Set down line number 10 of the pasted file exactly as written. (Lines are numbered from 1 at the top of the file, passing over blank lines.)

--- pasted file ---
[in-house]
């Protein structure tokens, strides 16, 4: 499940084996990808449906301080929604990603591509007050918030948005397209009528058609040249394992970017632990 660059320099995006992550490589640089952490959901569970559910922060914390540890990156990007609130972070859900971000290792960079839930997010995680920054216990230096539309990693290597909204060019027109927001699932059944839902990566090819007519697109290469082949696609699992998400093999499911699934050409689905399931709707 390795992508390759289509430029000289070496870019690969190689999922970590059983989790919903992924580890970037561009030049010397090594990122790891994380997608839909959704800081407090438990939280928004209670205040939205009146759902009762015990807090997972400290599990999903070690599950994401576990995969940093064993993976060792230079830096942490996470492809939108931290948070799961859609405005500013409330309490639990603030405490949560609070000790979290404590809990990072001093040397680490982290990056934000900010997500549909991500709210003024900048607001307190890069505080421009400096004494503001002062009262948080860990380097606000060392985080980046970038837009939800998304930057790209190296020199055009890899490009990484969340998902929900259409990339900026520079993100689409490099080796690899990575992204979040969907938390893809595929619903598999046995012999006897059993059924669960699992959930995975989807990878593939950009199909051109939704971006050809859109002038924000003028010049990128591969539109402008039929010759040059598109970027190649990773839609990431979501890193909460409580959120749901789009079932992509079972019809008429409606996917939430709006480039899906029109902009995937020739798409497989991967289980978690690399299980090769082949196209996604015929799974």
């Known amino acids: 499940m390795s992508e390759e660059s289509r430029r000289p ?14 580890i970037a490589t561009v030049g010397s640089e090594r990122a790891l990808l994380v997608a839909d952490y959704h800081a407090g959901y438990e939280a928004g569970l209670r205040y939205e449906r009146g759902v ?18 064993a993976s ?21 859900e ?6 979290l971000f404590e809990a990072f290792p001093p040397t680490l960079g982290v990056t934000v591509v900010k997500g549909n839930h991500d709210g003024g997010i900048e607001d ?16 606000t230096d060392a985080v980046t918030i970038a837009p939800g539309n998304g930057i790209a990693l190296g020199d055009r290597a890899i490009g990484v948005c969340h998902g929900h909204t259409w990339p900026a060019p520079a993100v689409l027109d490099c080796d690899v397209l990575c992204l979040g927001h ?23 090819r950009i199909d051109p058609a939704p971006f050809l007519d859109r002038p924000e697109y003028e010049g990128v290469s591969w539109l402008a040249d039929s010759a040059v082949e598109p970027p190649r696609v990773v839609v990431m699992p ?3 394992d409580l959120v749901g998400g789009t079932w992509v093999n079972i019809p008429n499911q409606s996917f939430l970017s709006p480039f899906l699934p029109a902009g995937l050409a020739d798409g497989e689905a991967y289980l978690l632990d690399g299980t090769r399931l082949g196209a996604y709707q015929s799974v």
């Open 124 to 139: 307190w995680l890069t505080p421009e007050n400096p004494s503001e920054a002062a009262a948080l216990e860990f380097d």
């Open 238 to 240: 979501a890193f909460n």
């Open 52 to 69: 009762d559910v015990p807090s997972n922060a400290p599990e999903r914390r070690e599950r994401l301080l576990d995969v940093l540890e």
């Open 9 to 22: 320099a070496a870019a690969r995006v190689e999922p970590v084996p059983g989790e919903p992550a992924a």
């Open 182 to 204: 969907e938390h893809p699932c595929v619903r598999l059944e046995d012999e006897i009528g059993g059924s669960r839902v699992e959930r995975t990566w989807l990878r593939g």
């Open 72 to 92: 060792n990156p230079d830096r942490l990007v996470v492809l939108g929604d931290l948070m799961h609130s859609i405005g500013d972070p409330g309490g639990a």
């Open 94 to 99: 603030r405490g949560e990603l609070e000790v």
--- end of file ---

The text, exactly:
């Open 94 to 99: 603030r405490g949560e990603l609070e000790v």